Hurricane Season by Fernanda Melchor: A brutal, violence-laden exploration of toxic masculinity, of poverty and lawlessness
What happens in a town where the very systems meant to provide relief turns its people against each other?
The Stationery Shop of Tehran by Marjan Kamali: Of love, loss and fate
The Stationery Shop, it’s carefully curated translated novels, the jewel-colored ink, Rumi’s vast collection reflect a life well-lived and a promise of a better future.
A Fine Balance by Rohinton Mistry: A closer look at 1970s India
The novel painfully maps the corruption and lawlessness that pervaded India under the emergency rule; lootings, murders, dismemberment, and destruction of livelihood.
The Henna Artist by Alka Joshi: A Henna Artist’s struggle to live life fearlessly in post-independent India.
This book was born out of an attempt to imagine how her mother’s life would’ve turned out had she not been married and had kids at a tender age.
Superior by Angela Saini: Deconstructing race science
One of the most important aspects of history and what we’ve come to know of it has been shaped by those in power. From human zoos, slavery and exploitation at the hands of white supremacists, our realities are now blurred. This superiority one has about the color of our skin is propagated by well-to-do scientists…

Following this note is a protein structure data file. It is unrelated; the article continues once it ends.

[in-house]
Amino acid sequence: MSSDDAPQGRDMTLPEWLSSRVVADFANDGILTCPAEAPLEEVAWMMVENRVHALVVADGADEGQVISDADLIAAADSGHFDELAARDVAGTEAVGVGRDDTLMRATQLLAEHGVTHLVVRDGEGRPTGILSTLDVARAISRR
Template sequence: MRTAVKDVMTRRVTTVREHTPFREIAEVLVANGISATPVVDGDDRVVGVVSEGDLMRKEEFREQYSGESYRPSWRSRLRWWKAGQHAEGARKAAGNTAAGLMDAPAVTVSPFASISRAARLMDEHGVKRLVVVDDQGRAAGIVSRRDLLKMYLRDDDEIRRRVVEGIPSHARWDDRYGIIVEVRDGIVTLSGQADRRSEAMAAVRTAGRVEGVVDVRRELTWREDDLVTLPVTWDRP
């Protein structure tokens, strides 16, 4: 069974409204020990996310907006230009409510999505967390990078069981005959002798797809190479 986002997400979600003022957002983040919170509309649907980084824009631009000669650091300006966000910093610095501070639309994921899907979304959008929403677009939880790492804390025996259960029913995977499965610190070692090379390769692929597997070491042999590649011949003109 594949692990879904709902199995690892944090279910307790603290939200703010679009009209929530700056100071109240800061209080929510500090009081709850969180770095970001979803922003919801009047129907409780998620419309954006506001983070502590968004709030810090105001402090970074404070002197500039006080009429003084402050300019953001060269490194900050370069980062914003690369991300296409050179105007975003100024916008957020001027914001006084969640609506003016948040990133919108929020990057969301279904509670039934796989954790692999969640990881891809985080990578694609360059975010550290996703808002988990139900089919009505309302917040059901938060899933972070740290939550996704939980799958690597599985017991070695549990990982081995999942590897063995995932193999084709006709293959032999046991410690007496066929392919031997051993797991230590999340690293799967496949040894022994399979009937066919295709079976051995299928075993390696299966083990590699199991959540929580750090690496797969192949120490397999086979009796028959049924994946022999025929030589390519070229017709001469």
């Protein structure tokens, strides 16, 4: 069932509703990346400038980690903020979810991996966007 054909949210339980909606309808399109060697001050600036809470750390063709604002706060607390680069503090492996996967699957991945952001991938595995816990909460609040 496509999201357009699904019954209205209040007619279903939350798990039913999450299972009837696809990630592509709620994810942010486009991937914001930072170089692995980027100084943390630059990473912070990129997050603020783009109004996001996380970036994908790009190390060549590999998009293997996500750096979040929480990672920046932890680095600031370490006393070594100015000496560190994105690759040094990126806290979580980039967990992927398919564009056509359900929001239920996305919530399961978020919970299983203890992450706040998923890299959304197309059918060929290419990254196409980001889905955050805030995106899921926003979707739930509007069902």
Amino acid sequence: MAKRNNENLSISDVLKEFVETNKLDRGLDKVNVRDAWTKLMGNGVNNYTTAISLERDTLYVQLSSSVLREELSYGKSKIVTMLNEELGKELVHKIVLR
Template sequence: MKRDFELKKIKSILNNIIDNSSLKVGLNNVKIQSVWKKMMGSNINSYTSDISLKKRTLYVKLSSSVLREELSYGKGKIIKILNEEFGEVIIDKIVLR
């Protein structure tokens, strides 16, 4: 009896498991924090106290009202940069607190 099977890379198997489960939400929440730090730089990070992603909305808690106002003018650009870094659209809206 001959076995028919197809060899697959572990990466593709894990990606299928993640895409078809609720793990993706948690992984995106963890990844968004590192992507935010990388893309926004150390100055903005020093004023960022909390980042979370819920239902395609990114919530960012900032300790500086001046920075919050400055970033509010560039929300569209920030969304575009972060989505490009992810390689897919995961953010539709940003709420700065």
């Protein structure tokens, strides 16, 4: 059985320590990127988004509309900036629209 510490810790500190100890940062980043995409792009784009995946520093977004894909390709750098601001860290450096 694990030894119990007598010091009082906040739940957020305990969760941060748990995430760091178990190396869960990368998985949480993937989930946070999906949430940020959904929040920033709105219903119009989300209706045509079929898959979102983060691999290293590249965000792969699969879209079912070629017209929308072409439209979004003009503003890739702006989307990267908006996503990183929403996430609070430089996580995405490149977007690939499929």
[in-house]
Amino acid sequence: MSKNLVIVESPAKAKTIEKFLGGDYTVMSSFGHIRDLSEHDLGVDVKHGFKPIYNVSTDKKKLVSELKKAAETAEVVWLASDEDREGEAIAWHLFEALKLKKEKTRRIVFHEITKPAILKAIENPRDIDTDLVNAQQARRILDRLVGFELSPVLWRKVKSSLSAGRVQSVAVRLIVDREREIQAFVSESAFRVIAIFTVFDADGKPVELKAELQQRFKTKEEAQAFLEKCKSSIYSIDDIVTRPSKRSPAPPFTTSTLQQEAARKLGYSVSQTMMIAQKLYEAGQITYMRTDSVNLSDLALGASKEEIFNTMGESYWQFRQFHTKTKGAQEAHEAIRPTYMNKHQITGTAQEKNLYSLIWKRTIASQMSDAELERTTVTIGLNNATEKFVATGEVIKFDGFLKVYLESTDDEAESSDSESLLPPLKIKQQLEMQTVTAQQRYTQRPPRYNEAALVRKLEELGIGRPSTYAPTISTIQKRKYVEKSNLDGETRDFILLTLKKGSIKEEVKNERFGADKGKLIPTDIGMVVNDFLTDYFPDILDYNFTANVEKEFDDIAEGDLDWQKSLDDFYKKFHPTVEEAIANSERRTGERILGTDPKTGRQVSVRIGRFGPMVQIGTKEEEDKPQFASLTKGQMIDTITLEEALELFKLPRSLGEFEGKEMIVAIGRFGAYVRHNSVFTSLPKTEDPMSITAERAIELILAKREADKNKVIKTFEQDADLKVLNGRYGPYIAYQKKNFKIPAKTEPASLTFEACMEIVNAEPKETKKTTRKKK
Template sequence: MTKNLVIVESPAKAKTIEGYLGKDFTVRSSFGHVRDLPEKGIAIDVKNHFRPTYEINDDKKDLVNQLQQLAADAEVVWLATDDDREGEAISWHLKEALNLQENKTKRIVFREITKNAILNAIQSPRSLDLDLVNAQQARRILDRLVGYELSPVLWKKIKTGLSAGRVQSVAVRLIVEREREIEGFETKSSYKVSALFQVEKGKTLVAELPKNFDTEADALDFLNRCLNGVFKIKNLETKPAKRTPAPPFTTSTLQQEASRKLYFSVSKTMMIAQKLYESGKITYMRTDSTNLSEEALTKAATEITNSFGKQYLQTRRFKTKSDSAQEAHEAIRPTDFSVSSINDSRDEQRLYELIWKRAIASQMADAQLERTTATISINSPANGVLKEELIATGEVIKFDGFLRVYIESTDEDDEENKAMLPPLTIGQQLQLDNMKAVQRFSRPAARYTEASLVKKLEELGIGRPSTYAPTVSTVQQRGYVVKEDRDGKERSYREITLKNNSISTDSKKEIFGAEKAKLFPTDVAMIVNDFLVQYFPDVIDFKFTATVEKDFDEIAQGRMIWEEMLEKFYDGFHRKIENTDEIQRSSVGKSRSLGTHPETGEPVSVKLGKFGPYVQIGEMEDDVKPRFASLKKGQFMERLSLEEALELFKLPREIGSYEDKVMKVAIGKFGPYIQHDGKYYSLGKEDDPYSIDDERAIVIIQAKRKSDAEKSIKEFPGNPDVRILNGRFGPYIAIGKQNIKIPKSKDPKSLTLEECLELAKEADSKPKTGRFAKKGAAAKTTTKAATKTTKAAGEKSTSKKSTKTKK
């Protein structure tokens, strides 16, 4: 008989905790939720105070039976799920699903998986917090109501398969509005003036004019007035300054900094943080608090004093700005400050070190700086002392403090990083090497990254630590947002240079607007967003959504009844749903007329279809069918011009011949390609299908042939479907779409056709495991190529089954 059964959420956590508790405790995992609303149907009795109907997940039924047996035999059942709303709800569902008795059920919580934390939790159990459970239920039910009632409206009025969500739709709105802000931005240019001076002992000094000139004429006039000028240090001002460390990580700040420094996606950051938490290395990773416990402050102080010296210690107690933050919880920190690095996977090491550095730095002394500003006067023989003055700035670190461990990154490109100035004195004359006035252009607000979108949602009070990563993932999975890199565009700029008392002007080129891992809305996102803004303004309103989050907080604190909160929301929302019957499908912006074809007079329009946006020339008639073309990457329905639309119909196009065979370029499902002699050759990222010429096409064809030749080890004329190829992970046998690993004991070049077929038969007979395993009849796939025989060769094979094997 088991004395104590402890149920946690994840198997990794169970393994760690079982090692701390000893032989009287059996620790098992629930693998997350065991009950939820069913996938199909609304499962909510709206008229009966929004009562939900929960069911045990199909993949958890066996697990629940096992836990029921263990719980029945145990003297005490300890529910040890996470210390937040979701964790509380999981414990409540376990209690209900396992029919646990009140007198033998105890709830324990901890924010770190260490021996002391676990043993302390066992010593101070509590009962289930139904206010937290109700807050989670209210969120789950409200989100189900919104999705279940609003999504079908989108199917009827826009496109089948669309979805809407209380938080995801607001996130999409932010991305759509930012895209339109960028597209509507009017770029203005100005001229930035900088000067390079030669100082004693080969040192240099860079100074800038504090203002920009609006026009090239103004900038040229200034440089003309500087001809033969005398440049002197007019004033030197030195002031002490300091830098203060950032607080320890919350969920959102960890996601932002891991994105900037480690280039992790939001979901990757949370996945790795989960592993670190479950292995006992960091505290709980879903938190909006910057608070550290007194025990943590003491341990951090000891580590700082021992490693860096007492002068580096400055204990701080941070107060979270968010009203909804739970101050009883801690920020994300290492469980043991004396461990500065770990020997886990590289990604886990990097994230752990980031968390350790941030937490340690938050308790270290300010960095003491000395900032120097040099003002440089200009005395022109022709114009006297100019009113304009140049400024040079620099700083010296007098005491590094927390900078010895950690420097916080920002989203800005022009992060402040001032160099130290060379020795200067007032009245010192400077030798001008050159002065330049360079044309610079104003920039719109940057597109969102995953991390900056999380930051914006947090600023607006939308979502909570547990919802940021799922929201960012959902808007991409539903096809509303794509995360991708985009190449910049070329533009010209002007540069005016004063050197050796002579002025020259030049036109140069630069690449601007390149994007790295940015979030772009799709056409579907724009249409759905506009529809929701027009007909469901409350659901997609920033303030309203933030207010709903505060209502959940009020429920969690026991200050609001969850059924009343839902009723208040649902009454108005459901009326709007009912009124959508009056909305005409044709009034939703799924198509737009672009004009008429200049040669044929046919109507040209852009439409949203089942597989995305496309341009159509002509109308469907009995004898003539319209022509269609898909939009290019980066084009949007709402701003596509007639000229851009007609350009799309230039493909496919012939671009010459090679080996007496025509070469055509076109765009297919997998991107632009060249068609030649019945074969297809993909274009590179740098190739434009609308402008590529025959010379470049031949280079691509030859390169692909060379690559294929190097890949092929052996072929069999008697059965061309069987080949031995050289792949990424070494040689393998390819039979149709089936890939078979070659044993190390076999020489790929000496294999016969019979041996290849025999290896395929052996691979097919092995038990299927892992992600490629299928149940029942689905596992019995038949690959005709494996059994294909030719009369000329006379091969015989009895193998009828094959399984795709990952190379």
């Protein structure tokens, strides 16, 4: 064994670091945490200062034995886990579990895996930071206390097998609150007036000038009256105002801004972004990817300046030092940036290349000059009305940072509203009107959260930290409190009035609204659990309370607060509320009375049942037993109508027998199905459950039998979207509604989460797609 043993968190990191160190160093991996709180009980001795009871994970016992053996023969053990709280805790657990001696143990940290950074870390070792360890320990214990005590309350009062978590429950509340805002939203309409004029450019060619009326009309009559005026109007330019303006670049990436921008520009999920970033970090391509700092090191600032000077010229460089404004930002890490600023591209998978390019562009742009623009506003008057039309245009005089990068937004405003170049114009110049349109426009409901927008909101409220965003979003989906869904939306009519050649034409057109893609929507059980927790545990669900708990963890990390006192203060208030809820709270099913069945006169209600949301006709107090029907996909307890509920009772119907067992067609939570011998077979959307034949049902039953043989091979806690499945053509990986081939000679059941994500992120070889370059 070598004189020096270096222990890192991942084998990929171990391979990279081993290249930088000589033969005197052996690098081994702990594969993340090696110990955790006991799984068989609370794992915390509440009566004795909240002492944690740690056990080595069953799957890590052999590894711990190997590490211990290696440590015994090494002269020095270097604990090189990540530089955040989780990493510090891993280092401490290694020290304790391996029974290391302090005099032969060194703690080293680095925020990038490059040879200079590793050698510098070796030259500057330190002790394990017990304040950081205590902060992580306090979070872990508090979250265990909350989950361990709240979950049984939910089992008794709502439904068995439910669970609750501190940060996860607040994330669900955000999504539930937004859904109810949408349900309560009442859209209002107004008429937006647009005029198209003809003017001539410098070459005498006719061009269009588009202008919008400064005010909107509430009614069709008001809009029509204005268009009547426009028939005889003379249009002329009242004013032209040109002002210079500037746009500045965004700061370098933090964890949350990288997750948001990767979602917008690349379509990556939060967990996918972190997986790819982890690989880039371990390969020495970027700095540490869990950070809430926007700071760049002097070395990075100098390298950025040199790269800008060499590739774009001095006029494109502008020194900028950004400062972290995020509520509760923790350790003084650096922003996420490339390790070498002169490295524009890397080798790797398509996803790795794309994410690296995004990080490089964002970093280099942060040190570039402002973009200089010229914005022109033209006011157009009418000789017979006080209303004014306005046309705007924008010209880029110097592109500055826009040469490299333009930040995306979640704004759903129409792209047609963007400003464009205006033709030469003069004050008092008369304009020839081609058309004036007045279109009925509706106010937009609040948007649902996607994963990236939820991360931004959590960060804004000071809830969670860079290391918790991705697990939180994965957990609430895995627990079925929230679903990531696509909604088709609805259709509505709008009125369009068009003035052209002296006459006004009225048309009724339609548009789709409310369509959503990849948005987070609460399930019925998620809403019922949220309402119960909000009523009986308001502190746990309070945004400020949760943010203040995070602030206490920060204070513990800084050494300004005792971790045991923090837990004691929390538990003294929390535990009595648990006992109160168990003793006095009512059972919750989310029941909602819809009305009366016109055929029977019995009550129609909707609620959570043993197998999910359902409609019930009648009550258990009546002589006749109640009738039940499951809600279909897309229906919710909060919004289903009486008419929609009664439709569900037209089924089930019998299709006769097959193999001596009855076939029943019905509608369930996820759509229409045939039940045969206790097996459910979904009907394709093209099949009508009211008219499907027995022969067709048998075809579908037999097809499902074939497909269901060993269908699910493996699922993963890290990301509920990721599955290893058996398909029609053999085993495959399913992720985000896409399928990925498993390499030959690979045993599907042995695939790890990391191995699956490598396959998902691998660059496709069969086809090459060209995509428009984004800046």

Maybe You Should Talk To Someone by Lori Gottlieb: A therapist, her therapist, and our lives revealed.
In Maybe You Should Talk To Someone, I found my innermost thoughts, buried up until now, resurface and paraded out in the open. The vulnerability of peeling one’s own self in front of a stranger, to have them gently poke through the litany of feelings and to understand that they’re valid and worthy of existing encompass…
A Burning by Megha Majumdar: Of hyper-nationalism, power dynamics and scapegoating.
A Burning, as the name itself, burns with a fire so strong, one continues to feel its warmth long after it’s been doused.
Woman At Point Zero by Nawal El Sadawi: A powerful read about resistance, toxic patriarchy, and oppression.
When psychiatrist, Nawal El Sadwai, visits Qanatir prison in Egypt while conducting research into the neurosis of Egyptian women, she hears about Firdaus, a prisoner who is unlike any other inmates.